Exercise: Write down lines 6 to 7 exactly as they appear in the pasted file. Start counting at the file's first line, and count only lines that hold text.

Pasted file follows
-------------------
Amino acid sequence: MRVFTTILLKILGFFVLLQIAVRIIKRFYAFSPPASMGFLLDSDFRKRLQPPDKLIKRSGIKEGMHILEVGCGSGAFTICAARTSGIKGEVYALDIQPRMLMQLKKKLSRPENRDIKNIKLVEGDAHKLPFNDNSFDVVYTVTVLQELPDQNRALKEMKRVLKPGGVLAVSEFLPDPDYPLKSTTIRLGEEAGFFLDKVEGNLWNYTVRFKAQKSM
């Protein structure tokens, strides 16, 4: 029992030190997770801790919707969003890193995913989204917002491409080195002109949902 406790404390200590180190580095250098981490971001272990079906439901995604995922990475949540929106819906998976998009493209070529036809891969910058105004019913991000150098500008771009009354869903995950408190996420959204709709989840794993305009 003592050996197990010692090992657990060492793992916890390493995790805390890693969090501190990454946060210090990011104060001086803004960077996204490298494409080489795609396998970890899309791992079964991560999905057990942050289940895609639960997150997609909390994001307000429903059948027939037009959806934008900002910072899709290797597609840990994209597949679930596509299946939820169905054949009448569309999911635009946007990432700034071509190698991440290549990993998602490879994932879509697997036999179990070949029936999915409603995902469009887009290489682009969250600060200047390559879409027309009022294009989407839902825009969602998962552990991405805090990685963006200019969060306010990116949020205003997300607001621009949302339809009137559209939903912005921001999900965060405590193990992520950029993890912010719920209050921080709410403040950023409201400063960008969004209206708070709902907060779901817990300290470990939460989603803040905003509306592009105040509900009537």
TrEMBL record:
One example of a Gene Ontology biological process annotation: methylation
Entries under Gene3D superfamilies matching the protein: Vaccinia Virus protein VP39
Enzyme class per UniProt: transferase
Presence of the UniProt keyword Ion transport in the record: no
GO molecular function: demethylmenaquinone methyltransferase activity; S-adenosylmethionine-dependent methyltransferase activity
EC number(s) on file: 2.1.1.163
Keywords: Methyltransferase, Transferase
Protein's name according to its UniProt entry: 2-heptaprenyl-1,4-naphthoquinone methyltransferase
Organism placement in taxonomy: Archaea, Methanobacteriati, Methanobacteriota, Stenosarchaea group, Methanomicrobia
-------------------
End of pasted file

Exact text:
Enzyme class per UniProt: transferase
Presence of the UniProt keyword Ion transport in the record: no